Schools in North Tyneside have been recognised as among the best in the country for supporting children in their GCSEs.
Latest national statistics have ranked North Tyneside Council as third most improved authority for the number of children who achieve five A* to C grades, including English and maths.
This year, 61.4 per cent of youngsters in the borough achieved the nationally-recognised benchmark, compared to 56.2 per cent in the previous year.
Coun Ian Grayson, cabinet member for children young people and learning, said: “These results represent wonderful work by the students and schools of North Tyneside and fairly reflect the quality of education in the borough
“In North Tyneside, we believe that every child has the potential to achieve.
“We work hard to release the potential of our youngsters in a partnership between children and their parents, our schools and local authority that aims to build on their learning throughout their school journey.”
Among the borough’s most improved schools is Monkseaton High School, which this year celebrated its best-ever GCSE results with 62 per cent of students achieving five or more GCSEs A*-C including English and maths.
Tracey Crowder, headteacher, said: “Over the last three years, we have made some significant changes.
“As a result, we have seen the academic achievements of our students continuing to improve and this summer the outcomes and progress were the highest we have ever achieved, with the vast majority of subjects outperforming national averages.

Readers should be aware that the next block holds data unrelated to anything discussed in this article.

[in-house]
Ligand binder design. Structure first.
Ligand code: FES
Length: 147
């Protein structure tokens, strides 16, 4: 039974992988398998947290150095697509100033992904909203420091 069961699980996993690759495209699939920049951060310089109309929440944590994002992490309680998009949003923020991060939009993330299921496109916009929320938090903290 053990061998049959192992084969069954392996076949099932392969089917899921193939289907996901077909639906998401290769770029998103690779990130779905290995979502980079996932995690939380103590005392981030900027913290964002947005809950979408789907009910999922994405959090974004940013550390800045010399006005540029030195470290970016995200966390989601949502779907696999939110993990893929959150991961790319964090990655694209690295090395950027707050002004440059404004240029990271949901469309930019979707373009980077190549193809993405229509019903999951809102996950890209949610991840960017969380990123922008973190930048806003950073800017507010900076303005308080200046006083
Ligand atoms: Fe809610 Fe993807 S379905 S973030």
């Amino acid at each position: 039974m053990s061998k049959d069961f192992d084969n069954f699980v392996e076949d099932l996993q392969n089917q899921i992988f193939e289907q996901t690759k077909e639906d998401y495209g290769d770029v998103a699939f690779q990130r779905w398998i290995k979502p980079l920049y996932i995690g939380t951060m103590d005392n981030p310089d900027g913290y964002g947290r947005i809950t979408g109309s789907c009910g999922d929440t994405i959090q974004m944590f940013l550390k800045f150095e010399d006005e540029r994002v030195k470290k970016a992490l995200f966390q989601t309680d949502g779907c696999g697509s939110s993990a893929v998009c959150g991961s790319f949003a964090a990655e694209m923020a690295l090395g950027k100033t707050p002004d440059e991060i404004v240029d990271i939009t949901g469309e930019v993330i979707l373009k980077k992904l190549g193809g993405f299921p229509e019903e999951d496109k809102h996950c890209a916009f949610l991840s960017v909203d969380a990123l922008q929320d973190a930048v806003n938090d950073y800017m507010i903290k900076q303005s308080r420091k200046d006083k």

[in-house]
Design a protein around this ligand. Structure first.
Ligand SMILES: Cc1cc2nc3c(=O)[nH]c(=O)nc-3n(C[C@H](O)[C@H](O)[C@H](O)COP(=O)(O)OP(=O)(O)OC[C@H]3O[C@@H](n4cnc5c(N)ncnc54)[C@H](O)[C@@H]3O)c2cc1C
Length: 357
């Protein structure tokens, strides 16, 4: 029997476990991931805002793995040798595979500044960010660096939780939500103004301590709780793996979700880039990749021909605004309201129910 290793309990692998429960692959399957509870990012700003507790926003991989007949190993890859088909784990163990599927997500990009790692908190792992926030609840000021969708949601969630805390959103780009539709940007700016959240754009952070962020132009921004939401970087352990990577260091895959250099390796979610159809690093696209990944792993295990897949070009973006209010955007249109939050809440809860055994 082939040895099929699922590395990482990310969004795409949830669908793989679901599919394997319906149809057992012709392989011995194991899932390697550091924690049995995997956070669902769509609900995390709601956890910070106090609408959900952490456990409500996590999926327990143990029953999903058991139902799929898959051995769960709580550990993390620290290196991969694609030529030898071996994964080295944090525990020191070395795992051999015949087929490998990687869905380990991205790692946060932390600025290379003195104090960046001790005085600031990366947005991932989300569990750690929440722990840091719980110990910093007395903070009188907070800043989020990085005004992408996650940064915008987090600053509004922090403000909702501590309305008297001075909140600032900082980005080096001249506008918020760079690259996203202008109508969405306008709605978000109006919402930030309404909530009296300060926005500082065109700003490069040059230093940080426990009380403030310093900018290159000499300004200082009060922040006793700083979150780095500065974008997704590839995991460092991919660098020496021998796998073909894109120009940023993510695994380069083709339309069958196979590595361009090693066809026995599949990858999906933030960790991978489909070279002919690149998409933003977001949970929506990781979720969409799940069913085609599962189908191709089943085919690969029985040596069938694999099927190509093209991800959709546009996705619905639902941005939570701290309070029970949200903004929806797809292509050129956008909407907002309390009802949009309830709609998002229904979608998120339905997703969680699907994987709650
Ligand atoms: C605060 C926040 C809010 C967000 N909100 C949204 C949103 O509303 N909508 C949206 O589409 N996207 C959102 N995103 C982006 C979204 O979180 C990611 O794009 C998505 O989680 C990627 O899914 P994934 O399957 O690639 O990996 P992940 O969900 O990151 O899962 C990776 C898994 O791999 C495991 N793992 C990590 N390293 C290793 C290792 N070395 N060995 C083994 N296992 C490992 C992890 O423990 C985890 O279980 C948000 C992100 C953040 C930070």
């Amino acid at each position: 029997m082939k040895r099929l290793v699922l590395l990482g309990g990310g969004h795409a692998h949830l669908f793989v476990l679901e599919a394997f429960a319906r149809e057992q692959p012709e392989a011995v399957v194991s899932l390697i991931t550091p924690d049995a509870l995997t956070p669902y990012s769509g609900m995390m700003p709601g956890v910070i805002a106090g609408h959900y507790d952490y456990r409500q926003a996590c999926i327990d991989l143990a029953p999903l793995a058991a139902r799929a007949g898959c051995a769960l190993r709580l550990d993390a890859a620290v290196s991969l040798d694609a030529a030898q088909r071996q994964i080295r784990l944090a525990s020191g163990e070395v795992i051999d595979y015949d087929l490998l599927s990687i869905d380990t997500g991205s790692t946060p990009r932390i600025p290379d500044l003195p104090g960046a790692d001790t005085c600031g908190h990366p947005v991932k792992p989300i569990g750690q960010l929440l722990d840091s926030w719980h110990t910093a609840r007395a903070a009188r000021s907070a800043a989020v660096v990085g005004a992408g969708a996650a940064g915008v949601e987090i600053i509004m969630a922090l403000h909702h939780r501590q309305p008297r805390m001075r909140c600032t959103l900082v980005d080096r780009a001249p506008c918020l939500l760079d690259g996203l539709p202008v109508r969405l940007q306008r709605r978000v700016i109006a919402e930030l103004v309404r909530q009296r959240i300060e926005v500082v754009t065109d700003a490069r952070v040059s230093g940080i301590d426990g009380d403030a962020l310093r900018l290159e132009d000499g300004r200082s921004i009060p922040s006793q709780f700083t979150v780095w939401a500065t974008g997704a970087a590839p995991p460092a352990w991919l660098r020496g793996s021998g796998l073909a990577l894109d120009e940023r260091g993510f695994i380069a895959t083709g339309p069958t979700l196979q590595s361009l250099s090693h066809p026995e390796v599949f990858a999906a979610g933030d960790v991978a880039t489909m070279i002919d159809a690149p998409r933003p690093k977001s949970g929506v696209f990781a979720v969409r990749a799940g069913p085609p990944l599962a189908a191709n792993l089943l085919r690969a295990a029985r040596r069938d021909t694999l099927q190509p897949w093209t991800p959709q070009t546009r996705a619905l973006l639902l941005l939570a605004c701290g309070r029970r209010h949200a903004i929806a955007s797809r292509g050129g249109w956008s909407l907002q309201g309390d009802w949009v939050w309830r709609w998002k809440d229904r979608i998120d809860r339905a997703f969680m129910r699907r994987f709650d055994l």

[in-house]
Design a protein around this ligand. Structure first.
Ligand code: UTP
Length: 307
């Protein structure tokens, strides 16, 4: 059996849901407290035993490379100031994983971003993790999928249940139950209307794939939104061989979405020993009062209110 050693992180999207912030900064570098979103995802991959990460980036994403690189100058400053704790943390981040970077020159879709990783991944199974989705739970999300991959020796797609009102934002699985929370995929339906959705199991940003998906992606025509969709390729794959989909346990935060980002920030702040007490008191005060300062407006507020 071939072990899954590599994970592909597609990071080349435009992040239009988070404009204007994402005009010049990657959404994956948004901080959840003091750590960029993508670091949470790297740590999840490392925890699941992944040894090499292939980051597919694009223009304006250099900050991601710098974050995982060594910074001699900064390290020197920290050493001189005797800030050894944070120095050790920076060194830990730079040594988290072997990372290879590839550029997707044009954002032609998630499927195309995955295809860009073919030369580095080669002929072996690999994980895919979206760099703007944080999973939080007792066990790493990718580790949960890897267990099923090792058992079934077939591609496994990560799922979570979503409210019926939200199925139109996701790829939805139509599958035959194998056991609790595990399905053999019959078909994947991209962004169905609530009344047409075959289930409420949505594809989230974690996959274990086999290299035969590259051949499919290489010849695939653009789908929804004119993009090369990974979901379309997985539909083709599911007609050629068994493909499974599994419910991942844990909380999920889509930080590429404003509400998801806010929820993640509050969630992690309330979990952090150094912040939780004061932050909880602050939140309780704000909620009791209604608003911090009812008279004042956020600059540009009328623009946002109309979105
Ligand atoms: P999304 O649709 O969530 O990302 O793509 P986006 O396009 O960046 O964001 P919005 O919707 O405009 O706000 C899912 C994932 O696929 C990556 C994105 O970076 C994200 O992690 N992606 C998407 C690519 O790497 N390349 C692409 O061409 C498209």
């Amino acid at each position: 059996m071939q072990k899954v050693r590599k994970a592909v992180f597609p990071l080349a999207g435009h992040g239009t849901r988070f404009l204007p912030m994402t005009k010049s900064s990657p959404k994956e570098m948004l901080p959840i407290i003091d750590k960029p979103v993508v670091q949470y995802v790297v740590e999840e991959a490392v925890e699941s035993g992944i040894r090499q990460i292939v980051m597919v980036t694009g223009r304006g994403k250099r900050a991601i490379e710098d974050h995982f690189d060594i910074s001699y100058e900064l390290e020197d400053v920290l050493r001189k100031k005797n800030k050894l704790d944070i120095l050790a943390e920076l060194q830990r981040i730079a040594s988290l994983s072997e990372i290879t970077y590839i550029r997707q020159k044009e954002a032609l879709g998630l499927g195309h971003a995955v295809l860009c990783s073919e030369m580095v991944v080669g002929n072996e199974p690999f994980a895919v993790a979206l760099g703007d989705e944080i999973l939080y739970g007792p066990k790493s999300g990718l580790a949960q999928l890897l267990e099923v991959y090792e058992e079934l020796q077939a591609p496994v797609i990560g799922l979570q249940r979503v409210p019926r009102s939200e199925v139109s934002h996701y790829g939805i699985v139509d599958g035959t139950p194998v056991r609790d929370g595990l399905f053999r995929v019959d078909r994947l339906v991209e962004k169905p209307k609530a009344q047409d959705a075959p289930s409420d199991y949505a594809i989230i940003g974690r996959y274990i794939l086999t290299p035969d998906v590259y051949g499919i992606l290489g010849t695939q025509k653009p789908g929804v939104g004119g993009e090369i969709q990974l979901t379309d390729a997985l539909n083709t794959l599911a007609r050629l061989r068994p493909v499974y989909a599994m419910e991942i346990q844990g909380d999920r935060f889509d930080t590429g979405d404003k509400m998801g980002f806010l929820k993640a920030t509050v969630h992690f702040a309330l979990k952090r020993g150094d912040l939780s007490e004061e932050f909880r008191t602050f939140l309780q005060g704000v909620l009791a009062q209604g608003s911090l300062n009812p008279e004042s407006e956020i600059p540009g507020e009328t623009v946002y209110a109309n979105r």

“Our results last year placed us in the top 26 per cent of schools nationally for the progress our students made and we expect to surpass this with our current results.”
“Our unrelenting focus is very much built on the foundation of our values; equality, opportunity, inclusion, achievement. We are a school family, where every child matters and achieves their maximum potential, but is nurtured and supported to enjoy their learning experience.”
Churchill Community College, in Wallsend, has earned national recognition for utilising sports and the arts to encourage children previously disengaged from learning to achieve their academic potential.
This year 71 per cent of students gained five or more A*-C grades at GCSE, including English and maths with many achieving eight or more.
Headteacher David Baldwin said: “These results support what OFSTED said about the college in June 2014, when they graded us as Outstanding in every aspect.
“Yet again students have outperformed national figures and are set to move on to the next part of their education with outstanding results that will enable them continue to succeed.
“Our secret lies in our extremely dedicated staff and fantastic students who share the same views about what is important.
“Staff want every student to do as well as they possibly can. Students want to achieve their best.”